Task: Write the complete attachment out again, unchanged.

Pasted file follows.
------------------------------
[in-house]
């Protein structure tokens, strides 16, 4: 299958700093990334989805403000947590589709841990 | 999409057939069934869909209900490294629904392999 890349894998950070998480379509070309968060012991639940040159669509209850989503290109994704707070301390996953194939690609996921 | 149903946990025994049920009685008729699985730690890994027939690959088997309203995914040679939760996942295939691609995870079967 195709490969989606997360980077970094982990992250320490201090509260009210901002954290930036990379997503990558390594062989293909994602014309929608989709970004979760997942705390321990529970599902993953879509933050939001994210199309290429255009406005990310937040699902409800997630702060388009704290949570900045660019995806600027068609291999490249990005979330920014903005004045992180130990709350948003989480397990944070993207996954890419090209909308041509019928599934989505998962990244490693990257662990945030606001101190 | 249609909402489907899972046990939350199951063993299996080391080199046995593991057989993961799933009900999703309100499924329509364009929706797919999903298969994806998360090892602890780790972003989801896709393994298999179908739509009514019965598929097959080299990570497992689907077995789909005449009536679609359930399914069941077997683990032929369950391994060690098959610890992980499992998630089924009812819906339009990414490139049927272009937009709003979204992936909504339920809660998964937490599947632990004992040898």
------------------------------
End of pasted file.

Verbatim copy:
[in-house]
């Protein structure tokens, strides 16, 4: 299958700093990334989805403000947590589709841990 | 999409057939069934869909209900490294629904392999 890349894998950070998480379509070309968060012991639940040159669509209850989503290109994704707070301390996953194939690609996921 | 149903946990025994049920009685008729699985730690890994027939690959088997309203995914040679939760996942295939691609995870079967 195709490969989606997360980077970094982990992250320490201090509260009210901002954290930036990379997503990558390594062989293909994602014309929608989709970004979760997942705390321990529970599902993953879509933050939001994210199309290429255009406005990310937040699902409800997630702060388009704290949570900045660019995806600027068609291999490249990005979330920014903005004045992180130990709350948003989480397990944070993207996954890419090209909308041509019928599934989505998962990244490693990257662990945030606001101190 | 249609909402489907899972046990939350199951063993299996080391080199046995593991057989993961799933009900999703309100499924329509364009929706797919999903298969994806998360090892602890780790972003989801896709393994298999179908739509009514019965598929097959080299990570497992689907077995789909005449009536679609359930399914069941077997683990032929369950391994060690098959610890992980499992998630089924009812819906339009990414490139049927272009937009709003979204992936909504339920809660998964937490599947632990004992040898």